substantially inelastic material which is both inert and impervious to the liquid to be stored. Preferably the material is inert to aromatic hydrocarbon fuels. An example of such material is light weight textile fabric impregnated with a suitable synthetic rubber or rubber-like composition such as the olefin polysulphide plastic material known in the trade as Thiokol. Preferably fabric impregnated with the inert material is cut to proper shape and'size and the pieces are cemented or vulcanized together with or without sewing to form a closed cylinder of desired size, all joints being rendered impervious to the liquid to be stored in any suitable manner known in the art.

The inner container has a circular bottom wall I4 and a circular top wall I6 joined by a cylindrical side wall l8 The cylindrical side wall and the upturned edge of the top It p'erferably extend above the top to form a flange S9 to which loops of fabric 20 are attached to facilitate handling and to provide supports for the side wall as will be explained.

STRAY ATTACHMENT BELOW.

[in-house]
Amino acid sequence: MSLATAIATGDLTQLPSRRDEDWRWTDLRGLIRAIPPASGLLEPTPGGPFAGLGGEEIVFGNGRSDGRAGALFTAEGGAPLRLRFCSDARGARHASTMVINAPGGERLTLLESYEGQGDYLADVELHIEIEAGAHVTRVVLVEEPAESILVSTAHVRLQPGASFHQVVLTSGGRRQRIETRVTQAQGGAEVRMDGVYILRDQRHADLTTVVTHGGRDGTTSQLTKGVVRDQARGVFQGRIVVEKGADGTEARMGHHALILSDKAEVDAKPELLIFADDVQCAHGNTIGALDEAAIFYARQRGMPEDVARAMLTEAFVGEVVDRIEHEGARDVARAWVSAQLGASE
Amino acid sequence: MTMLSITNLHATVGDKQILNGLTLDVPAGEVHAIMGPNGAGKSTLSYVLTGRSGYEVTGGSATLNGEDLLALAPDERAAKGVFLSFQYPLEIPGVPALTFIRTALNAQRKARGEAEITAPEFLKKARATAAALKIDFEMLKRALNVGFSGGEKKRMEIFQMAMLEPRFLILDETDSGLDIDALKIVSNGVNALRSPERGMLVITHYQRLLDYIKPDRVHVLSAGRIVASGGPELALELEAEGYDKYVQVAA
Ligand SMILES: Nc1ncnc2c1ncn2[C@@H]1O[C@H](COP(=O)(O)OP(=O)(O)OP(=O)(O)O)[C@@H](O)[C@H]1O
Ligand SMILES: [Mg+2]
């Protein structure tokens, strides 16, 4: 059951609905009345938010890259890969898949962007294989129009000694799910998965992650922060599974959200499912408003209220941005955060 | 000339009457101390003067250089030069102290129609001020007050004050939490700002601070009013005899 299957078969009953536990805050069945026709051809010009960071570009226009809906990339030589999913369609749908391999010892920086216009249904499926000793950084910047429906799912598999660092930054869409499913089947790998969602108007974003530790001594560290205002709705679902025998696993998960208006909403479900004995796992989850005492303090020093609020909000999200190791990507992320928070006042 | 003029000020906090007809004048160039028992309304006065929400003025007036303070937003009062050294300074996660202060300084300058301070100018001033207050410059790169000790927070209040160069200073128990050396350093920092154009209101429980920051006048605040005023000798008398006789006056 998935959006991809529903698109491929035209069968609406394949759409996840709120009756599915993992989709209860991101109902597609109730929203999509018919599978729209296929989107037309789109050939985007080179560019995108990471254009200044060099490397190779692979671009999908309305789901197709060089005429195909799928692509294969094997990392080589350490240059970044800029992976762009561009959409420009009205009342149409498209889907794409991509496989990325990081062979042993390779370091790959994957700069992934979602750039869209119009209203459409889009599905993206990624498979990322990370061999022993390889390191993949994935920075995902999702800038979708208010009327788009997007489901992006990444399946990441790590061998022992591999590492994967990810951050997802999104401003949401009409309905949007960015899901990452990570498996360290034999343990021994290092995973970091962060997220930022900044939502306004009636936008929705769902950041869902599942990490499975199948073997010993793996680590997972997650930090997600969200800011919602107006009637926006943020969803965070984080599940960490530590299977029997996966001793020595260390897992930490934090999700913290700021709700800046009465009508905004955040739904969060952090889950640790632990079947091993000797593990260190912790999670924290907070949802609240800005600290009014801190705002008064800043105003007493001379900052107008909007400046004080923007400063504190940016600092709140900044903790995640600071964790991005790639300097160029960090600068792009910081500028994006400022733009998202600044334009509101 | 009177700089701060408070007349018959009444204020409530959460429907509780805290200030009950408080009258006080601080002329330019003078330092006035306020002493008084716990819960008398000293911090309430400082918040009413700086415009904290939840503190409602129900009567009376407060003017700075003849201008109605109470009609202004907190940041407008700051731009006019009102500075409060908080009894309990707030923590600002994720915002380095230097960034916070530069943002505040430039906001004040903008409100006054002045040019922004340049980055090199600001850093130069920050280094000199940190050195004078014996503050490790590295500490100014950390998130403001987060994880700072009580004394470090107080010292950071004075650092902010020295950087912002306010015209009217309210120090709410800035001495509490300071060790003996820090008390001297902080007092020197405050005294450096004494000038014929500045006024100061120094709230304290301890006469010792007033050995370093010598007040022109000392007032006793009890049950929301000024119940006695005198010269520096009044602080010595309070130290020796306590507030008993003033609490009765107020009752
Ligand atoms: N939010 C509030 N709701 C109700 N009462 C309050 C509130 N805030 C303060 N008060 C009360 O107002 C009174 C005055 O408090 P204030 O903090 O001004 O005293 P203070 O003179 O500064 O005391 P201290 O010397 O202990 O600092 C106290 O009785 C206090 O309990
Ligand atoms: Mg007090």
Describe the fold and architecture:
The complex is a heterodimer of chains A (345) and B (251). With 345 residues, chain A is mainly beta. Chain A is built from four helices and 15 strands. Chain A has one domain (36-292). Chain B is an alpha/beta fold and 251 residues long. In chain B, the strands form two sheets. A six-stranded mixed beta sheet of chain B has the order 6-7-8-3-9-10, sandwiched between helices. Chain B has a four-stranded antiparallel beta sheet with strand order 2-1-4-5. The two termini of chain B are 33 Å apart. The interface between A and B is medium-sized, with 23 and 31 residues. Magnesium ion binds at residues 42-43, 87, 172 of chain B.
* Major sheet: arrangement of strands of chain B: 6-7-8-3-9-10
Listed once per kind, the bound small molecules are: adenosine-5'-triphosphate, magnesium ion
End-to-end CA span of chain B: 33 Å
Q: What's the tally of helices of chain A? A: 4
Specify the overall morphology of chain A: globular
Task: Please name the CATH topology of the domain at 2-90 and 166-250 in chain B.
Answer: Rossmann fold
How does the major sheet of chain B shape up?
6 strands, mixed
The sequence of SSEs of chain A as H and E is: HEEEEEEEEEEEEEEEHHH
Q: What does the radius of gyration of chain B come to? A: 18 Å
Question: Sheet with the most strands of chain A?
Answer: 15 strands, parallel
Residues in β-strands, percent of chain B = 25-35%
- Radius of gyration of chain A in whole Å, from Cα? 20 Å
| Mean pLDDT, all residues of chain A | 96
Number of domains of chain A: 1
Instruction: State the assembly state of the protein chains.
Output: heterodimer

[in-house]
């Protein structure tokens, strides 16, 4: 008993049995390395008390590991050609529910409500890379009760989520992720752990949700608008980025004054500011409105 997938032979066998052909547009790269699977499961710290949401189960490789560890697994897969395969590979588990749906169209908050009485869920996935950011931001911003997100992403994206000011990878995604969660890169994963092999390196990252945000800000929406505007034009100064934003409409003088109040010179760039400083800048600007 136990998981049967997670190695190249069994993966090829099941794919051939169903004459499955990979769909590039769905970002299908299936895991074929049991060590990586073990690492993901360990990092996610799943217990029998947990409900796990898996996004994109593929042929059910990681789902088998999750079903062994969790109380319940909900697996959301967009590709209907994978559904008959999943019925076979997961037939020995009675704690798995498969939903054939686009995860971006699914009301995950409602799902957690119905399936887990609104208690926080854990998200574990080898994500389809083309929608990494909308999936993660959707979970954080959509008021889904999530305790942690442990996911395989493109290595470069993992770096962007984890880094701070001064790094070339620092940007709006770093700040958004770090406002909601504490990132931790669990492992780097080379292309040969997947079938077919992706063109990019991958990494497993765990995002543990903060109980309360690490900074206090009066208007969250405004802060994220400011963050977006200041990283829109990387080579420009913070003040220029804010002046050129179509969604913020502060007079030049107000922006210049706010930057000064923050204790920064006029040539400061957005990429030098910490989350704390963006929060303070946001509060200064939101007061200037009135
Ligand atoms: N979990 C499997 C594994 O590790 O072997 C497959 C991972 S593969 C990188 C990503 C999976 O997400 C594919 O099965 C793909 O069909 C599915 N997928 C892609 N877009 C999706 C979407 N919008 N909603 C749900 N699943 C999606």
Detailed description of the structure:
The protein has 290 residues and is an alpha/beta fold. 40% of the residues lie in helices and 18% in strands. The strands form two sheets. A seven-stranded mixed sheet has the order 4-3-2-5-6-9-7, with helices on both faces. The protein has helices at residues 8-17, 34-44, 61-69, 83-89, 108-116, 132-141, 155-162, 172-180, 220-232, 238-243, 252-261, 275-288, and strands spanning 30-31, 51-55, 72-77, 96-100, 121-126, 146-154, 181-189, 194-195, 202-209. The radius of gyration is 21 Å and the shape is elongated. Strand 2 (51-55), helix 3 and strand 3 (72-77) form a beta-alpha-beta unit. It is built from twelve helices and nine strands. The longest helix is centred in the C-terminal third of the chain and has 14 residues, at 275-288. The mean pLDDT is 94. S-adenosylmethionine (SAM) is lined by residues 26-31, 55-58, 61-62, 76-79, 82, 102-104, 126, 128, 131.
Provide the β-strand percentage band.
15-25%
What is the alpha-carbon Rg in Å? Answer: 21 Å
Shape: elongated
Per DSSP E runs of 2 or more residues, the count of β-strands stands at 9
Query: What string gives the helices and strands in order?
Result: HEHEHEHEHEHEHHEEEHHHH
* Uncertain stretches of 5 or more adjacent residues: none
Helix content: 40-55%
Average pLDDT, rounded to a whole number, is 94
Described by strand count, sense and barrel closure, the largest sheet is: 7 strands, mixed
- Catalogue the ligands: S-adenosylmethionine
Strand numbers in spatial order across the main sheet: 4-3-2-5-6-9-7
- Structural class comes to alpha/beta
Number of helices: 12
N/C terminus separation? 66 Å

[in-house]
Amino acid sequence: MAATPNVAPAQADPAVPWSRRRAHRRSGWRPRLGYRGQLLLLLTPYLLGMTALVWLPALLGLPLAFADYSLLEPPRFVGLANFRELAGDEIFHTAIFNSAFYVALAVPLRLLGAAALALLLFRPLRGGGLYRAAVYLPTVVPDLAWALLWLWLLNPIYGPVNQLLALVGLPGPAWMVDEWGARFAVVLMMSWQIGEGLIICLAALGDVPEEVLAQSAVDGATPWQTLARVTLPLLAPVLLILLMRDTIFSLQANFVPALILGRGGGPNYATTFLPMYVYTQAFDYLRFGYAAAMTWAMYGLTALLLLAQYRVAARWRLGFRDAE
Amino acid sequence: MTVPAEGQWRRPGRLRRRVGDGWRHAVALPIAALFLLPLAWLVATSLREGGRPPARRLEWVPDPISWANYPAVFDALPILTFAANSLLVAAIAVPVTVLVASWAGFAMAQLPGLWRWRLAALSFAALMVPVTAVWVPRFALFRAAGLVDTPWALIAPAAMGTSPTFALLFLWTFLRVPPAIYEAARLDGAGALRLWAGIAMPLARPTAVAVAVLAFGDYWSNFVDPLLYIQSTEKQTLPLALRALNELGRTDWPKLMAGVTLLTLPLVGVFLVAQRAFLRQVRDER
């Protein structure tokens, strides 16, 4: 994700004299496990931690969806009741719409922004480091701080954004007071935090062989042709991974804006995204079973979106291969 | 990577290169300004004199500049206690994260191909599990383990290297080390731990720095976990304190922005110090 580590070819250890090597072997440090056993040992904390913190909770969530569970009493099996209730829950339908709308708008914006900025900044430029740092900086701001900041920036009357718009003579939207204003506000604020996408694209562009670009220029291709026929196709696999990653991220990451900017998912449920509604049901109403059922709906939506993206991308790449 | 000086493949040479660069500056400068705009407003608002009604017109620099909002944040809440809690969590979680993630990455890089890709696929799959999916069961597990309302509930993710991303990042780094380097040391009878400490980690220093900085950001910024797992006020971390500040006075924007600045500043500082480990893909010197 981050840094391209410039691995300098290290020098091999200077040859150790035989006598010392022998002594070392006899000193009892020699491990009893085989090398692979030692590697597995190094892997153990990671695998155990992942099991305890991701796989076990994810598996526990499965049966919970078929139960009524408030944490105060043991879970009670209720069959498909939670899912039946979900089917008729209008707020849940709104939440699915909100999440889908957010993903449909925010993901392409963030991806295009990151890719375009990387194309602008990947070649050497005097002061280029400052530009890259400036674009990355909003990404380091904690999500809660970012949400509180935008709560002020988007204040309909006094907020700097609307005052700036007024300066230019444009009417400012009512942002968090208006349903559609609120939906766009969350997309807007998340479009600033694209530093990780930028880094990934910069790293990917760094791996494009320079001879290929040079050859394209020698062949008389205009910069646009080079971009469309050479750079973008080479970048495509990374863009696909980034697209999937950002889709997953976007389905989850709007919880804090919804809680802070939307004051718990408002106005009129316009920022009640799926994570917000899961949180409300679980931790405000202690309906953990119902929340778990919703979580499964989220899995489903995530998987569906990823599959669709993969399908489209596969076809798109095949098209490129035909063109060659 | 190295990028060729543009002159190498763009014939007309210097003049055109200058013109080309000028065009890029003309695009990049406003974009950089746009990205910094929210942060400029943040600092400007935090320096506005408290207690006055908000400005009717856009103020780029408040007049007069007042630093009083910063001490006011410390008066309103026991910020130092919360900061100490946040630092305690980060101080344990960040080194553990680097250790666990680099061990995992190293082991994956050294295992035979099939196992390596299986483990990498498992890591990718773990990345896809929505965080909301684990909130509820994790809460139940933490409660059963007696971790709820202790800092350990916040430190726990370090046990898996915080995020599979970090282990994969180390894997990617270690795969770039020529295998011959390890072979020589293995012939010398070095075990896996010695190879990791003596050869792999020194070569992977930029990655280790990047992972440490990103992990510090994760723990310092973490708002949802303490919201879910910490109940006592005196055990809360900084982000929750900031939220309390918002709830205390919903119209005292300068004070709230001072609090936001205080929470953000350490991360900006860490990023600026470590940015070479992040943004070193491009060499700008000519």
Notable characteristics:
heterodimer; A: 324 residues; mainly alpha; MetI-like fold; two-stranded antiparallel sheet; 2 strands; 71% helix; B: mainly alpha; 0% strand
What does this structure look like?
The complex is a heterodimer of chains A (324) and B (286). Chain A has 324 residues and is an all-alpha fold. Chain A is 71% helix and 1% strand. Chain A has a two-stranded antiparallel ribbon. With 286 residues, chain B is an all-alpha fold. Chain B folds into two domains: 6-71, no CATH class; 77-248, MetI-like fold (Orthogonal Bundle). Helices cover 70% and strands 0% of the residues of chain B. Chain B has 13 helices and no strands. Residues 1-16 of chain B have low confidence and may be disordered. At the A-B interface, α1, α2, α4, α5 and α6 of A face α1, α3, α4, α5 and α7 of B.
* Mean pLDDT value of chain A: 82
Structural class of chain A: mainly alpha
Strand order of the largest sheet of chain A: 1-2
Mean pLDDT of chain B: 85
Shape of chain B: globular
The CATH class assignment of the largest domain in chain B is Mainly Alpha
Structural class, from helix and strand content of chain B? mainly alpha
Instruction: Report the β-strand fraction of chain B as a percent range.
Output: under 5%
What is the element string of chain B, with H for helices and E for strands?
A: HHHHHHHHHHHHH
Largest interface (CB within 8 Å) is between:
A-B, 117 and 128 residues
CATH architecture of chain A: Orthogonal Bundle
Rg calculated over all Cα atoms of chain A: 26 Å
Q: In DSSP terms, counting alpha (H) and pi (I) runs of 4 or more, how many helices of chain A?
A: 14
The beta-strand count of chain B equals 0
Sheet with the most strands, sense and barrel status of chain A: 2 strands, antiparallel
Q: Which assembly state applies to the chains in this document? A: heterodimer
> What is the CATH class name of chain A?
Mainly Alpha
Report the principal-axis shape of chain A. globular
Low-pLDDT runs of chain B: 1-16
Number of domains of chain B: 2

The inner container may be filled, drained, and vented by suitable conduits preferably all attached to a single plate or support as illussingle opening 2 I, the edge of which is reinforced by a grommet comprising a metal ring 22 and washers 23. A plate, is attached to the grommet by any suitable device such as screws 26.'

tainer and prevent any stresses in the fabric of the inner container which tend to rupture it, the diameter of the inner container is made slightly larger than the diameter of the outer container and the side wall of the outer container is at least as tall as the side wall of the inner container. When the inner container is placed in the outer container and filled, the inner container wrinkles slightly as indicated in Figs. 1 and 2 assuring that'the corner of the outer container where the side wall joins the bottom,